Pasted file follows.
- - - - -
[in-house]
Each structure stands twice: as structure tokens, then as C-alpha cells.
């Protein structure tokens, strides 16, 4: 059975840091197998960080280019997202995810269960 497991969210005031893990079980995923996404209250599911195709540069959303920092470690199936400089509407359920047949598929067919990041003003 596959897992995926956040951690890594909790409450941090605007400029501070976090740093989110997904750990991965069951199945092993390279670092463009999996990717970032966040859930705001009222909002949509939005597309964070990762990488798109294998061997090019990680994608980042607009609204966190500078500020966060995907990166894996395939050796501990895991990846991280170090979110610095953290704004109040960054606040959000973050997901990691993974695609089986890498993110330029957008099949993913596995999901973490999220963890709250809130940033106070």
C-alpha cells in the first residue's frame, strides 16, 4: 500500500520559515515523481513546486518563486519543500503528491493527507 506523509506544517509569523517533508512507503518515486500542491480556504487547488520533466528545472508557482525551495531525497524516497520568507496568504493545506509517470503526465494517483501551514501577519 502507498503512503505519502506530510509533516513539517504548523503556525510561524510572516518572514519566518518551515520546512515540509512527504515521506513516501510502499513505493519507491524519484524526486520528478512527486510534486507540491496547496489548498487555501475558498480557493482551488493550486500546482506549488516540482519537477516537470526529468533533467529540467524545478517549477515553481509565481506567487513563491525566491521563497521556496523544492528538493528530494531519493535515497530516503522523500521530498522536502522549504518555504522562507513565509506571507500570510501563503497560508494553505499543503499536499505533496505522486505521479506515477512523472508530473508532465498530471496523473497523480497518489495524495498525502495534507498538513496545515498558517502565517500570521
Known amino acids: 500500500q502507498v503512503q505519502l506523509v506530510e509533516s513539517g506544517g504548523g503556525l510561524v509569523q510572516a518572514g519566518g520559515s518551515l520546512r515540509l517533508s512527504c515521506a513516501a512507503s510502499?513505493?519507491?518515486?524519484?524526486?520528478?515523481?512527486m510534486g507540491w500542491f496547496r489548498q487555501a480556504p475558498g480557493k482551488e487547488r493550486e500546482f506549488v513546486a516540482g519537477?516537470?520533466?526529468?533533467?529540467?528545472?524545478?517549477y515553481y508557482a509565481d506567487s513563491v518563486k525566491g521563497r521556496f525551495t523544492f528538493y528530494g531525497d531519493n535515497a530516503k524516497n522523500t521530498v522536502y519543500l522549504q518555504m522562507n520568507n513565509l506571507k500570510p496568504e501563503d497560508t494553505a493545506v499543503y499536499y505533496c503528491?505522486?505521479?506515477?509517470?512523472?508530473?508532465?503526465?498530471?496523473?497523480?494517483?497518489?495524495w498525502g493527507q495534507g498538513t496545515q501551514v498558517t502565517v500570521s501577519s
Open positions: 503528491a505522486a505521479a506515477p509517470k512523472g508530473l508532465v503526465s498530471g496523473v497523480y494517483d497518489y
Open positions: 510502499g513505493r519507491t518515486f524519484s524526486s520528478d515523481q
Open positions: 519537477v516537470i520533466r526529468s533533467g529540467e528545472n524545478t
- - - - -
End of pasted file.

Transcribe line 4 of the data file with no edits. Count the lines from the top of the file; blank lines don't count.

C-alpha cells in the first residue's frame, strides 16, 4: 500500500520559515515523481513546486518563486519543500503528491493527507 506523509506544517509569523517533508512507503518515486500542491480556504487547488520533466528545472508557482525551495531525497524516497520568507496568504493545506509517470503526465494517483501551514501577519 502507498503512503505519502506530510509533516513539517504548523503556525510561524510572516518572514519566518518551515520546512515540509512527504515521506513516501510502499513505493519507491524519484524526486520528478512527486510534486507540491496547496489548498487555501475558498480557493482551488493550486500546482506549488516540482519537477516537470526529468533533467529540467524545478517549477515553481509565481506567487513563491525566491521563497521556496523544492528538493528530494531519493535515497530516503522523500521530498522536502522549504518555504522562507513565509506571507500570510501563503497560508494553505499543503499536499505533496505522486505521479506515477512523472508530473508532465498530471496523473497523480497518489495524495498525502495534507498538513496545515498558517502565517500570521